Andrew Mickel11 April 2011
Green Wing's successor has landed. It's 160% good; but unfortunately that's an 80% good half-hour show that's been spread over an hour-long slot...
Episode one of Campus, and everything is more than a little deja vu, thanks to this being an extended reshoot of last year's excellent Comedy Showcase pilot. The plots are the same, but there are some subtle differences.
Joseph Millson has stolen Brian Cox's haircut. The setting is similar, but that administrator lady is all tanned. And someone's padded out its extended timeslot with 35 minutes of guffing about.
Unfortunately, quite a bit of that extension seems to have come from improv, and this is very improvise-y improvisation. You can almost hear someone yelling 'Improvise!' off camera, and all of a sudden the actors are back in week one of Guildhall Drama School – two of them are having a wrestle! Some of them are getting up in each others' face! – and it can sometimes be reasonably entertaining.
But it is clearly not as funny as everyone involved thinks it is, and good grief, it seems to drag on. Forget the amazing lines that the The Thick of It team squeeze out of improv: this is, often, just hard work to watch.
This particular episode suffered the added problem that (a) we saw many of these improvs specifically in the pilot, and (b) it is so similar to its also semi-improvised predecessor Green Wing that both shows share the same pitfalls and triumphs.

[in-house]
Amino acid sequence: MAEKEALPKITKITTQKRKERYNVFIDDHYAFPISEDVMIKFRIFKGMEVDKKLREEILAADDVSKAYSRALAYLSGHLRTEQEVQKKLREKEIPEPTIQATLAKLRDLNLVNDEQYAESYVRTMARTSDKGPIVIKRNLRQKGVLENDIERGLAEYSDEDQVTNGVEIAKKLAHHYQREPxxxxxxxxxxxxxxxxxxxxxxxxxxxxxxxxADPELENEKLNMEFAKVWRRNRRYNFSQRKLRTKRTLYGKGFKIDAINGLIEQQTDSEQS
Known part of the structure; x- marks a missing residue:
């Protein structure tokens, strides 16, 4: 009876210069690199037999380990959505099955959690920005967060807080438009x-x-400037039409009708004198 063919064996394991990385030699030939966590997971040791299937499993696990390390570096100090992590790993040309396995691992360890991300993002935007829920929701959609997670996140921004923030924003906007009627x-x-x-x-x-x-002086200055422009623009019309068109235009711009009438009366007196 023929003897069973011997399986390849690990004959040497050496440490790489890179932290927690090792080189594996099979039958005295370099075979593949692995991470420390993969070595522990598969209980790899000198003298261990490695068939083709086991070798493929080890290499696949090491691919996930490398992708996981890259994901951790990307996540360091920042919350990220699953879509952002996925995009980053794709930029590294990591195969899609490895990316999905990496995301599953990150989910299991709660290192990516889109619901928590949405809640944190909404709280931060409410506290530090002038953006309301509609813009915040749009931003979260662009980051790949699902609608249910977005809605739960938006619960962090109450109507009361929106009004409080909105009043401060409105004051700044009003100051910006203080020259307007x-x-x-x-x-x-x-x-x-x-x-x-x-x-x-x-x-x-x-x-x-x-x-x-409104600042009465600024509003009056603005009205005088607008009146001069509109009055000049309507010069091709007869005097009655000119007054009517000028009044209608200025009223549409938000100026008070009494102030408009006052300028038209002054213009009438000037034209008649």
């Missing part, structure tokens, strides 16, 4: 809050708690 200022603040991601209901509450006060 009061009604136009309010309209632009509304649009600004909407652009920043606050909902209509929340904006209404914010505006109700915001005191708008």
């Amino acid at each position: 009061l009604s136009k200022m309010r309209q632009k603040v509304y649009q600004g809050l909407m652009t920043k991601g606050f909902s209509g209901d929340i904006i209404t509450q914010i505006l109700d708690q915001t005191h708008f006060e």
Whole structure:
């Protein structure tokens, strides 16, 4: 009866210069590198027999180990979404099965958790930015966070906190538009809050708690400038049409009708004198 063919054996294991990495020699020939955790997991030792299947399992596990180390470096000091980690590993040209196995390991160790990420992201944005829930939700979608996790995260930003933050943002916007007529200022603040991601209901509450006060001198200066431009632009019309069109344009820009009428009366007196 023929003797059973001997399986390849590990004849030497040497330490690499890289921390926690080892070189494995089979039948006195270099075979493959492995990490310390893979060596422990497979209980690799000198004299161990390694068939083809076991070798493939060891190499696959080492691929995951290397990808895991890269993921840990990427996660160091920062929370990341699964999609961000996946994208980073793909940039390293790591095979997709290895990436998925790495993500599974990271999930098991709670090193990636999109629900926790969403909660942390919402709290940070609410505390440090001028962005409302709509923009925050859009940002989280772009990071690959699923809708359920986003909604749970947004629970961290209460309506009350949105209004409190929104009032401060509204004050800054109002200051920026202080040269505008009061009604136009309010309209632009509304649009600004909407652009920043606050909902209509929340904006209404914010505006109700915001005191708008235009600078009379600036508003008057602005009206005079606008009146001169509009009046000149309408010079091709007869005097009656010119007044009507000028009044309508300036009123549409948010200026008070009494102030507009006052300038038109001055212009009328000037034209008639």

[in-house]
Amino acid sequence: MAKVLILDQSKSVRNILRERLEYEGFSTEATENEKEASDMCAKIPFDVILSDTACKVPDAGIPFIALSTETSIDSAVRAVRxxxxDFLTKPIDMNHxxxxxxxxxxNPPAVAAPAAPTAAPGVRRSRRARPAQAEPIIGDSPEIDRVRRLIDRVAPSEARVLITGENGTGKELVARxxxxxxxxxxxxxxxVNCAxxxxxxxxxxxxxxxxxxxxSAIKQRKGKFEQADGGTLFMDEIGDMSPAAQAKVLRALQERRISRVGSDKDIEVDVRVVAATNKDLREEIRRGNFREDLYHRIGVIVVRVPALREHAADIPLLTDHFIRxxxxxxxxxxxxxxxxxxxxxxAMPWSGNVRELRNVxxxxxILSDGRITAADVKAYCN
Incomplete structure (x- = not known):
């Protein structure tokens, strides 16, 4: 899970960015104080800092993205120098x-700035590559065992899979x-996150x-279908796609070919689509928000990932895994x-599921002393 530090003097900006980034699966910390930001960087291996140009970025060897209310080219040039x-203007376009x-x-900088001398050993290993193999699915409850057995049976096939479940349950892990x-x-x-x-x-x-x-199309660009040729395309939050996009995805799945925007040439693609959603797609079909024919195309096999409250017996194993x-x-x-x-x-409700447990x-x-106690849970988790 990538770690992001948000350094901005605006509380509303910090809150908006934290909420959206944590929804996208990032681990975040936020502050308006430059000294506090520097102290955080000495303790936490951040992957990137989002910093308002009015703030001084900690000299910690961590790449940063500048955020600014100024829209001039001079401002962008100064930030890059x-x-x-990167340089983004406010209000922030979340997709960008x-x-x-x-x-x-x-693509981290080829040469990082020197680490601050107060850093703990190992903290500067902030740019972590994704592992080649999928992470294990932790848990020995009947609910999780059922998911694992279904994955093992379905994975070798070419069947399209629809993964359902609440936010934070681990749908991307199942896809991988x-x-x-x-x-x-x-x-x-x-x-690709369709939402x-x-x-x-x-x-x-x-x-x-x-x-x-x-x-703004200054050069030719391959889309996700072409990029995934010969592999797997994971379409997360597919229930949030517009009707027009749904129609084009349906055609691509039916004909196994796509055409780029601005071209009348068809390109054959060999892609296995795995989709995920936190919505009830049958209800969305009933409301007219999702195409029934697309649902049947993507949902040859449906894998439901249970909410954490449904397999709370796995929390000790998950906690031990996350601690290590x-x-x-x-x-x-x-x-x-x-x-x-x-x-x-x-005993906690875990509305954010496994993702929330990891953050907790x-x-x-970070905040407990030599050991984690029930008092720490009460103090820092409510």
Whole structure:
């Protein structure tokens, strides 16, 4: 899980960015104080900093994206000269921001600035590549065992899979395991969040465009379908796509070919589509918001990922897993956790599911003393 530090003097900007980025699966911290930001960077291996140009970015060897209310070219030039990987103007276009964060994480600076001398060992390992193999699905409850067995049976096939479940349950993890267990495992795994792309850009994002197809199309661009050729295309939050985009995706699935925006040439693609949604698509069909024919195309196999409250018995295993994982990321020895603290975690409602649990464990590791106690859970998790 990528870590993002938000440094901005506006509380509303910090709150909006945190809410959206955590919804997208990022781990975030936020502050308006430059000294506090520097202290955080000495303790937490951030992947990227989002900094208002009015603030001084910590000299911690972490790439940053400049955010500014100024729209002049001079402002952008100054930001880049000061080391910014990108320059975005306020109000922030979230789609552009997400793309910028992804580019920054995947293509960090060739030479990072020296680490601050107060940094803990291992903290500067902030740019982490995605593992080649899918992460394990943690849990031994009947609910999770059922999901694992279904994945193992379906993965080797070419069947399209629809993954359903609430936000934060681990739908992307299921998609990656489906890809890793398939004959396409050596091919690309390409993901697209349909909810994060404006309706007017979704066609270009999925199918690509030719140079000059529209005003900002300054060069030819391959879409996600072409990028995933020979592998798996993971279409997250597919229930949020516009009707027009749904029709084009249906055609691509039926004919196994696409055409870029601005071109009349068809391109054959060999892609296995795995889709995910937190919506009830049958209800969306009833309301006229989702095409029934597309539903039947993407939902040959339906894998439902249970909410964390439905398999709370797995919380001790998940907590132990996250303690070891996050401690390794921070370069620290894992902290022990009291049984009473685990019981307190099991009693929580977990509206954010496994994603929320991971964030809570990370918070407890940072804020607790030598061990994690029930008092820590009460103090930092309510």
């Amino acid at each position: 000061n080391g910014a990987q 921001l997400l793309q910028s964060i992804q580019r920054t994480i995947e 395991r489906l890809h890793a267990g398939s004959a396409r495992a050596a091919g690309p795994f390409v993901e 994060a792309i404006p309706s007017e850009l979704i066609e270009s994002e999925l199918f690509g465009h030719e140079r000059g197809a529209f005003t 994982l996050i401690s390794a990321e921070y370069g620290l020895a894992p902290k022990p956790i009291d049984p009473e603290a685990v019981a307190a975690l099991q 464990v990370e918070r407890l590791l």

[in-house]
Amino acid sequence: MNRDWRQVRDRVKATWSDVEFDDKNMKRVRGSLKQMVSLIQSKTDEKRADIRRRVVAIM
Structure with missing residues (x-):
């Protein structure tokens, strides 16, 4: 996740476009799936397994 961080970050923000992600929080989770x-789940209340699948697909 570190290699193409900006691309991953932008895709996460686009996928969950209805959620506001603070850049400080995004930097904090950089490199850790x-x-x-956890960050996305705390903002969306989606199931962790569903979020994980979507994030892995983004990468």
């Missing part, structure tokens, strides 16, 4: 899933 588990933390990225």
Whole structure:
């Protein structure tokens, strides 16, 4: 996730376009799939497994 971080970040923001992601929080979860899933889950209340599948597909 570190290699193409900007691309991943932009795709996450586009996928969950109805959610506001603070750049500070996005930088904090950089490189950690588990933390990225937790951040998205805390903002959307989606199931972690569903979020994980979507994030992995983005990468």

The main triumph is clearly the two leads. Andy Nyman as Jonty De Wolfe, the vice-chancellor with a calm exterior who is essentially That Scottish Lady Off Of Green Wing. He's got a sharp suit and immaculate second-hand car salesman beard, that hides a writhing mess of mental going on underneath: accents and aggressive improvisation, monologues and (not very comfortable to watch, and not in the good way) racist outbursts. He is essentially the Green Wing-esque David Brent.
There's also lazy English professor Matt Beer (Millson, who has accidentally forgotten to age since Peak Practice). He's physically charismatic and seems more comfortable with improvising than most of the rest of the cast, probably a result of being quite an actorly actor outside of TV.
Like Green Wing, though, once you get past the main leads, the rest of the cast rapidly start to thin out.
There's the postgrad student that Beer gets to mess about with; the two administrators who get to mess about with each other; an uptight engineering lecturer who gets to mess with a dictaphone; and a mousy maths professor who gets no-one to mess with. You can't help but suspect she either needs a co-character, or needs to be dropped by series two.
This is a much smaller cast than that of Green Wing, and the characters tend to be slight creations who are luckily gifted some good lines. When Campus was a half hour pilot, that was great. Green Wing always creaked under its sheer length and the amount of not-great material that padded between its golden moments.
But over an hour, Campus has to string out fewer characters for much longer. By forty minutes in, I was checking my watch, wondering if it could hurry up and finish so I could get on with watching Newsnight.
Still, Nyman and Millson are great, and the rest of the cast are decent enough. The improv may be exhausting dicking about, and the show desperately needs an editor armed with a machete.
But if it can somehow pick up the pace that it didn't get a chance to enter in to in episode one, it could become a welcome addition to the TV schedules.
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